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Hi, and welcome to my "Editor's Blog"! In this space I'll be attempting to keep our readers informed on fast-breaking news and issues affecting our islands. Visit often. There's a lot going on!

Enjoy the Island Free Press and, even more importantly, enjoy our wonderful barrier island!!!

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Salvo Jimmy (Hurricanes: Our r…): Another thing to consider, and Isabel is a good example, is storm surge does not fall off like wind s…
Bud (Rip Currents, Mis…): Folks need to realize that these are not swimming beaches. Proven every season with multiple lives lo…
Bill W (There's trash eve…): How sad that people feel it is okay to just dump their garbage on the side of the highway. I hope tha…
Salvo Jimmy (Hurricanes: Our r…): Diver The Safir-Simpson scale is based on wind speed and was introduced in the early 1970s. Since …
Anonymous (Rip Currents, Mis…): Interesting article, SJ. Thanks.
Bob (Rip Currents, Mis…): I think Elizabeth has a great idea. Film it and place a DVD in each rental home and strongly encoura…

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The top 10 stories of 2009 on Hatteras and Ocracoke…..WITH SLIDE SHOW

Thursday 31 December 2009 at 4:19 pm It seems that all the media do it this time of year – the top 10 news stories of the year, the top 10 singers, actors, or athletes of the year or the decade or whatever.

So I thought I would close out the year with what I think were the top 10 stories on our islands. Read More

Merry Christmas from the weary and wet Island Free Press staff

Wednesday 23 December 2009 at 4:49 pm ‘Twas the weekend before Christmas, and all though our land,
The wind was blowing and kicking up sand.

The ocean was frightful, and the waves surged to shore,
Bringing sand and water on the highway once more.

The wind, it shifted from the east to the west,
And the tide started rising, ending many a fest.


Sorry, Island Free Press readers, but I just couldn’t help myself.

And my apologies to Clement C. Moore, the author of one of the most enduring Christmas stories of all time. Read More

Northeasters in north Rodanthe: A retrospective, starring Serendipity, WITH A SLIDE SHOW

Friday 11 December 2009 at 4:54 pm Island Free Press photographer Don Bowers has been photographing the wrath of storms on Hatteras Island for a long time now.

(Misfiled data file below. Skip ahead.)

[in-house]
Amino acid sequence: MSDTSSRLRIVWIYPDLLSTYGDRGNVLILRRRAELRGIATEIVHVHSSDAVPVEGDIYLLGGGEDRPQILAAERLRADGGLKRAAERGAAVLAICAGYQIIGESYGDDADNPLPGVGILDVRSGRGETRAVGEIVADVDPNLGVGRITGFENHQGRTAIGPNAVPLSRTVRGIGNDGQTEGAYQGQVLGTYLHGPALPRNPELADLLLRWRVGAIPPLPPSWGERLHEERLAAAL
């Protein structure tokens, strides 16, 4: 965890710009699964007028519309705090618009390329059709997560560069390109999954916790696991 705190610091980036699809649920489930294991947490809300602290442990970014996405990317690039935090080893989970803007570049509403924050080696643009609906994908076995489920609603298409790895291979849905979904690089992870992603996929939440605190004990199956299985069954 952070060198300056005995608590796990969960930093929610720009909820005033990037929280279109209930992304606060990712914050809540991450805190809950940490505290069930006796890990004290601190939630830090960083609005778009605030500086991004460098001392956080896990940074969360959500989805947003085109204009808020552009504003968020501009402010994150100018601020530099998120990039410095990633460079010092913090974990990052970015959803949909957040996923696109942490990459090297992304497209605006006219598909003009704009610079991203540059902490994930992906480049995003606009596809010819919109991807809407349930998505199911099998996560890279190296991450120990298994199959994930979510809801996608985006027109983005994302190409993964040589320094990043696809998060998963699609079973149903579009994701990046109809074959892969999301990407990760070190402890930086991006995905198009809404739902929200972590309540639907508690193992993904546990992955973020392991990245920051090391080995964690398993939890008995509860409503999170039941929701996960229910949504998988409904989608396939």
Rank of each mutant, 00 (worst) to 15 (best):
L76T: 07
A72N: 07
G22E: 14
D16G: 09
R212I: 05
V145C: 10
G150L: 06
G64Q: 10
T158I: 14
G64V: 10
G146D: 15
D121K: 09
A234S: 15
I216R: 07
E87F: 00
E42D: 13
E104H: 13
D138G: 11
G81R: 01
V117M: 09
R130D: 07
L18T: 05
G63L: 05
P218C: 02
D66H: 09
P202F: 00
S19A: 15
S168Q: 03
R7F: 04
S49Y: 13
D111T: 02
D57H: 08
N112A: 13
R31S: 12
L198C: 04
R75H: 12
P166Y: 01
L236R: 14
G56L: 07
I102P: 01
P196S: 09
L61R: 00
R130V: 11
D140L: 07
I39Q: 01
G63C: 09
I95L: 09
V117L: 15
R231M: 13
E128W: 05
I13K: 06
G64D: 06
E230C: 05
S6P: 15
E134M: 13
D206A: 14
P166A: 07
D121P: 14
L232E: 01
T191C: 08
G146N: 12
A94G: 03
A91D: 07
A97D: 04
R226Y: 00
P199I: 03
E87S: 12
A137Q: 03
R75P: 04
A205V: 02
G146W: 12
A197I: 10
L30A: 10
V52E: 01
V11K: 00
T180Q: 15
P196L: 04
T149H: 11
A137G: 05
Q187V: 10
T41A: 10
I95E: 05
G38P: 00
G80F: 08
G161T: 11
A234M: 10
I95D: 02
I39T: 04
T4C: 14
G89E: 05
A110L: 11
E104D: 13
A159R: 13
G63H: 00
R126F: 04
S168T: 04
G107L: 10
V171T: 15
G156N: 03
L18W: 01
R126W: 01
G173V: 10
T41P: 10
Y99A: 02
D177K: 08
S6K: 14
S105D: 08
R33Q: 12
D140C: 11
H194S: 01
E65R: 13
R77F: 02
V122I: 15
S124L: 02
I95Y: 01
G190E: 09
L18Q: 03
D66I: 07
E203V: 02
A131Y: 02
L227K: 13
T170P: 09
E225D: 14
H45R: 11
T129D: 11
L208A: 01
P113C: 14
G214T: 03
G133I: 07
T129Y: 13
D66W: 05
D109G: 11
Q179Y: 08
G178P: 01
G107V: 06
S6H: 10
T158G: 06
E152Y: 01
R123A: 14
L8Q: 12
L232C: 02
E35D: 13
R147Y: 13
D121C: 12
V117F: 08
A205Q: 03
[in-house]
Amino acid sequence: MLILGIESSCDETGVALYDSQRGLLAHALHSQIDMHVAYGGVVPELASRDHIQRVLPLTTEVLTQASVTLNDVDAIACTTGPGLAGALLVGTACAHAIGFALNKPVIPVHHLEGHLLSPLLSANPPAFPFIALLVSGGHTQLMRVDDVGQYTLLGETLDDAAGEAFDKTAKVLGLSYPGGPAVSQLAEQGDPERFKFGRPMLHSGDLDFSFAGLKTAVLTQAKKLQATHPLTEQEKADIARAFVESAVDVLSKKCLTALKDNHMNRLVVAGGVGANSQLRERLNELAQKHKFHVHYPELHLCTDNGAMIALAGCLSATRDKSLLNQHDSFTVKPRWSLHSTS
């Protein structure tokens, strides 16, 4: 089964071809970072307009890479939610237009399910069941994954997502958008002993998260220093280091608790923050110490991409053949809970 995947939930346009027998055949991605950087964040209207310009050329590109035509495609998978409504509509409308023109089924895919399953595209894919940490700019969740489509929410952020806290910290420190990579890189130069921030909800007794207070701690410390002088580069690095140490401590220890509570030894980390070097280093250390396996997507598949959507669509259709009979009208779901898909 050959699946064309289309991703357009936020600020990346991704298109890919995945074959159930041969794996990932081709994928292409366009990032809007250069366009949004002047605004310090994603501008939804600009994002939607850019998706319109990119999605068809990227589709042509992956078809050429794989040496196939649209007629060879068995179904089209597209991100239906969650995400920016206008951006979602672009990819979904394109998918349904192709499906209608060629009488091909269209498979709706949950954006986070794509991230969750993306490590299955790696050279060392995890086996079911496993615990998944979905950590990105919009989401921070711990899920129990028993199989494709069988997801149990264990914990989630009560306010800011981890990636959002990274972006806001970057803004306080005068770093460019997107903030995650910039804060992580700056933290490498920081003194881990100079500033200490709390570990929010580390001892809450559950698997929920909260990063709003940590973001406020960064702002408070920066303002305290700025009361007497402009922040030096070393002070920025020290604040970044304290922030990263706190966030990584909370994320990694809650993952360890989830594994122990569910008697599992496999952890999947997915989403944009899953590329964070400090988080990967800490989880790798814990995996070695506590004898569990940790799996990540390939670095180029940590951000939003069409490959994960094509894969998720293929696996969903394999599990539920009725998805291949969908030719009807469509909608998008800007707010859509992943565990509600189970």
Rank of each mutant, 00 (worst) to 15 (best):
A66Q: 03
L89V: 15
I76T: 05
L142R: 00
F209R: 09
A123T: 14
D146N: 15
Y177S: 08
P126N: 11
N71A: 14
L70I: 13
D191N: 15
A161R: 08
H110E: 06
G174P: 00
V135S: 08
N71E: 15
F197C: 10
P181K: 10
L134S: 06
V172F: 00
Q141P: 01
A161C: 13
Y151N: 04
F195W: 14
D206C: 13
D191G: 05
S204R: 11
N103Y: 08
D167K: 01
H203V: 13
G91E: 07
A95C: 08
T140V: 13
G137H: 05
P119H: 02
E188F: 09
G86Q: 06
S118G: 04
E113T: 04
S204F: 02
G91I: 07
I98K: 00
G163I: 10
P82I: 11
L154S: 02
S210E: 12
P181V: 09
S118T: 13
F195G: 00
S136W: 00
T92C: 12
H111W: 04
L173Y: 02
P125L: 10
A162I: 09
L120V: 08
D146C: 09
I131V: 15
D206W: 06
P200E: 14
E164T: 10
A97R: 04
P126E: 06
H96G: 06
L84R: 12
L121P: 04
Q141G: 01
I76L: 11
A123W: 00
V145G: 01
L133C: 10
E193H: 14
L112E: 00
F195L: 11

And he has a particularly large collection of photos from the last three years’ worth of significant northeasters at Mirlo Beach in Rodanthe and the S-curves.

In fact, he’s been photographing the storms since before there was an Island Free Press, which came online in September, 2007.  Before then, he worked for me when I was editor of The Island Breeze.

He flies with Dwight Burrus of Burrus Flightseeing Tours and has managed to put together a remarkable portfolio of how the storms have affected this particularly troublesome area in north Rodanthe. His photos document how each succeeding storm has been more serious and more damaging to structures and to Highway 12. Read More

Are there any lessons for Cape Hatteras in a stakeholder clash at another national seashore?

Monday 07 December 2009 at 4:27 pm Across the continent, on the Pacific Ocean, there is a national seashore that is grappling with issues similar to those that face the Cape Hatteras National Seashore.

That would be the Point Reyes National Seashore on the California coast north of San Francisco.

A friend and Free Press reader sent me an article last month from the Nov. 1 issue of The New York Times.

That clipping lingered on my desk through last month’s damaging northeaster, and when I found it again this week, I was struck with the issues at Point Reyes and how similar some of them are to Cape Hatteras seashore issues. And I wondered what, if any, lessons we here at Cape Hatteras might learn from what has happened there. Read More

Soundside Surprises: What's with the no-advance-warning Pamlico Sound flooding?

Tuesday 01 December 2009 at 4:50 pm Twice in November, Hatteras and Ocracoke islands had coastal flooding from the Pamlico Sound.

And both events caught our local National Weather Service forecasters in Newport, N.C., by surprise.

Now it seems possible that both of the flood tides might be connected to higher than normal tides that have been observed up and down the East Coast since early June.

The first tidal flooding from the sound on Hatteras and Ocracoke came on Friday, Nov. 13, during the storm that is now being called Nor’Ida.  

The remnants of Hurricane Ida, which came ashore on the Gulf Coast of Alabama, made their way across the southeast and back into the Atlantic, forming a northeaster that hung for days off the Outer Banks, battering the islands, seriously damaging parts of Highway 12 in north Rodanthe, and taking a toll on houses and other structures in South Nags Head, Rodanthe, and Buxton.

From Friday morning into Sunday morning, Nov. 15, there was tidal flooding from Frisco to Ocracoke.

The flooding in Frisco was not too serious, but in parts of Hatteras and Ocracoke the water rose to a foot to a foot and a half along parts of Highway 12 in the villages. Read More